Travel Sketchbooks

Collection #14: Travel Sketchbooks—China, Part 1

sketchookpile

The most intimate way to experience a place is to draw it in a sketchbook—to see every detail and absorb the entire atmosphere (the sounds and smells, the light and shadows) around your subject. I’m lucky I’ve been able to experience some of the world this way. My sketchbooks are the first possessions I would grab in case of a fire (after my daughter and dogs, of course).

 

China

 

I toured China in 1987 with a group of artists lead by the energetic Barbara Carr, an illustrator and professor at Pratt. She brought out the best in all of us.

chinamap

 

We started in Shanghai, staying at the Peace Hotel, which at the time was like stepping back into the 1930’s with its tattered deco décor. The hotel faced the Huangpo River.

Here’s my sketch of the sleepy waterfront then:

shanghai_river

And a photo of the waterfront today—the shiny financial and commercial Pudong.

skyscrapers_from_the_bund_shanghai
photo by Jpbowen https://commons.wikimedia.org/wiki/File:Skyscrapers_from_the_Bund,_Shanghai.JPG

For a snapshot of China’s amazing growth since my visit there, check out this timeline of modern Chinese history: http://www.china-mike.com/chinese-history-timeline/part-15-deng-xiaoping/

 

We continued on to Beijing and our first spot for sketching was Tiananmen Square on June 1—Children’s Day. I perched on a curb and was suddenly surrounded by curious onlookers (this tended to be an ongoing dilemma—everywhere!). I was face-to-face with this little girl so she became my subject. The Tiananmen Square demonstrations erupted a year after our visit.

china_child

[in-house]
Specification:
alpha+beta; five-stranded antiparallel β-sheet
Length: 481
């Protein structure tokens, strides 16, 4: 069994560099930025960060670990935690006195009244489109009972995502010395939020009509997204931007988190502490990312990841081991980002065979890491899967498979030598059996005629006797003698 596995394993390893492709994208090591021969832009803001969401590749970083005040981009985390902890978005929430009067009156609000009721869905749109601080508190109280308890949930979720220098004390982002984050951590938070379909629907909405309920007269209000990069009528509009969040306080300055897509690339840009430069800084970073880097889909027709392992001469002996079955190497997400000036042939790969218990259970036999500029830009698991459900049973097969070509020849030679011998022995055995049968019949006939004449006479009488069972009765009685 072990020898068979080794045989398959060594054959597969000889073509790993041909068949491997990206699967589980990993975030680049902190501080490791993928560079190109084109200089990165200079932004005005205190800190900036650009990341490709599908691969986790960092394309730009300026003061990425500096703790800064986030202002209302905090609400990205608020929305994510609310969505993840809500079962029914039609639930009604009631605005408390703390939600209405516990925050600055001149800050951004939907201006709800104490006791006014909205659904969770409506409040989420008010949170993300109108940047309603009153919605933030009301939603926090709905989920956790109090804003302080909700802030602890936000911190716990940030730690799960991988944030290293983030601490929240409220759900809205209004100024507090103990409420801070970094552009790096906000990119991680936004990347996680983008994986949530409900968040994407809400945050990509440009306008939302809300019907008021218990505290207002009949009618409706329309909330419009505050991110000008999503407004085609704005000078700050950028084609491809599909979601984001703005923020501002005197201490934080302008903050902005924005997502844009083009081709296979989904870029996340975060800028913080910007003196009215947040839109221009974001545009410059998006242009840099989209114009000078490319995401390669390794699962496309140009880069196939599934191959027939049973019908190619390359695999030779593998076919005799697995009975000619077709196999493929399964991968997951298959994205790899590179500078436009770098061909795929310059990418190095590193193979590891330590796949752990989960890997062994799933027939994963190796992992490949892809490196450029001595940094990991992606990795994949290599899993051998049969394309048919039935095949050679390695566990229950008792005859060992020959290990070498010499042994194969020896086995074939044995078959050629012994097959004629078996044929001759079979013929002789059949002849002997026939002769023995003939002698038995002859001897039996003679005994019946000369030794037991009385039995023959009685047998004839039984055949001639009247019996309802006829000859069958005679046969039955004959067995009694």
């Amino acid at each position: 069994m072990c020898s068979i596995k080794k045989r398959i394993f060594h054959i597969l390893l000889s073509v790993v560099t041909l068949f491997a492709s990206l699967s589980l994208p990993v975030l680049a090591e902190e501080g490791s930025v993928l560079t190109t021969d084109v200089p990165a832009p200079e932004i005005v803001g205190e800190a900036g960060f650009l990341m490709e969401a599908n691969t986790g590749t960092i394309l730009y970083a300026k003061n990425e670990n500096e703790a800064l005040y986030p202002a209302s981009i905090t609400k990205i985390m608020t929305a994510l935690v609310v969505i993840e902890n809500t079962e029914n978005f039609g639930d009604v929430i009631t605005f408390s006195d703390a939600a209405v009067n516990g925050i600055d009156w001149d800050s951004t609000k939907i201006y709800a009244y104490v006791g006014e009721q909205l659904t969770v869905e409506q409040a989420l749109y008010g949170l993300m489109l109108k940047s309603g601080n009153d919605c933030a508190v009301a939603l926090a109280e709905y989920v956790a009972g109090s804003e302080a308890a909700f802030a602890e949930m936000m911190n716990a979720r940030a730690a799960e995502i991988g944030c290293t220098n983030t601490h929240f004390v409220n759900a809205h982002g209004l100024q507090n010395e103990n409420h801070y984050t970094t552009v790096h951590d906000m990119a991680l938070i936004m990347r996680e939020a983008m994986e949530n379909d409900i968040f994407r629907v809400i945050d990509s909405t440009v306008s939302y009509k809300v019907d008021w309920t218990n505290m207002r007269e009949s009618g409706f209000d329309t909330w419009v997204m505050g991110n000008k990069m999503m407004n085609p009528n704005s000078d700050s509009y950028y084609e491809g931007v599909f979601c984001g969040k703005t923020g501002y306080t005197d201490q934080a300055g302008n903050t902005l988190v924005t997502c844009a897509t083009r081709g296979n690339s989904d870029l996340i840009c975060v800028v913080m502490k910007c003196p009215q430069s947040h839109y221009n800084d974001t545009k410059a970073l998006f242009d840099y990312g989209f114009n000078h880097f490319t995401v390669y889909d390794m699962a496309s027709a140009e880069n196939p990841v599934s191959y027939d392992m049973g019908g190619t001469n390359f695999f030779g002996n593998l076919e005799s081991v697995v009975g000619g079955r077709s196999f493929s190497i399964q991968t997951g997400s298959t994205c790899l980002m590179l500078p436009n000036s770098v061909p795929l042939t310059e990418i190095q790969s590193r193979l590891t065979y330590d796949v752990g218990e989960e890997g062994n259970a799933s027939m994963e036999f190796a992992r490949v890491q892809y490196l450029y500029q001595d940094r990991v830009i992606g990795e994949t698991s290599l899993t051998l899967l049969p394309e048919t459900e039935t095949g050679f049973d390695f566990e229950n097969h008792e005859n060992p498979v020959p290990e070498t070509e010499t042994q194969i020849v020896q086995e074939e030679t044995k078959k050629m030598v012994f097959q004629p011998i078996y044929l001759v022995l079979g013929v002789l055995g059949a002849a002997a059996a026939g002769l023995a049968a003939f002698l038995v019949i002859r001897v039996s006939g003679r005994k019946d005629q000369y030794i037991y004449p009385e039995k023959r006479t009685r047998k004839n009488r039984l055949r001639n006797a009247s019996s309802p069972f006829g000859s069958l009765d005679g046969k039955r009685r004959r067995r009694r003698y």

I tended to use pen and ink as my default medium. It was easy and only required one color. But after Barbara demonstrated watercolors at the Temple of Heaven in Beijing, I was inspired to put watercolor directly to sketchbook and never turned back.

bijoubox_tiny
My tiny Bijou Box is a gem.

 

With our art supplies, we hiked up 1300 steps (the gondola was broken) to arrive at The Great Wall. I used this accordion-fold Chinese sketchbook to try to capture the enormity of the Wall. The paper was almost too absorptive for watercolor. I’m not sure what medium is best used on it. Maybe calligraphy inks.

greatwall

 

We continued farther into China, stopping on a hillside near Chongqing to paint the landscape where every inch was terraced and planted with crops.

chongching

 

In Dazu, we saw 30-foot statues carved into cliffs. http://www.atlasobscura.com/places/dazu-rock-carvings

dazu_china

 

We painted the Stone Forest with it’s rock formations.

stoneforest-web

 

I made a quick drawing of Sani people selling produce at a roadside market near Kunming.

china_market

 

From Guilin, we cruised down the Li River famous for its unique, karst rock mountains. I had two sketchbooks working at the same time since we were painting while moving down river.

li_river_kunming

li_river_folds

 

Our final stop was Hong Kong with its busy harbor. It was a culture shock—having spent three weeks in Chinese cities and towns untouched by western culture—to arrive in one of the most commercial cities in the world.

hongkong_harbor

 

During the entire trip, I painted on watercolor-paper postcards, applied stunning Chinese postage stamps, and mailed them back to myself in the US (and they all arrived!).

chinesepostcards

maocap_web

 

Part 2 of my Travel Sketchbooks Collection will take us to Italy.

 

Until next time, cherish your clutter.

 

3 thoughts on “Collection #14: Travel Sketchbooks—China, Part 1

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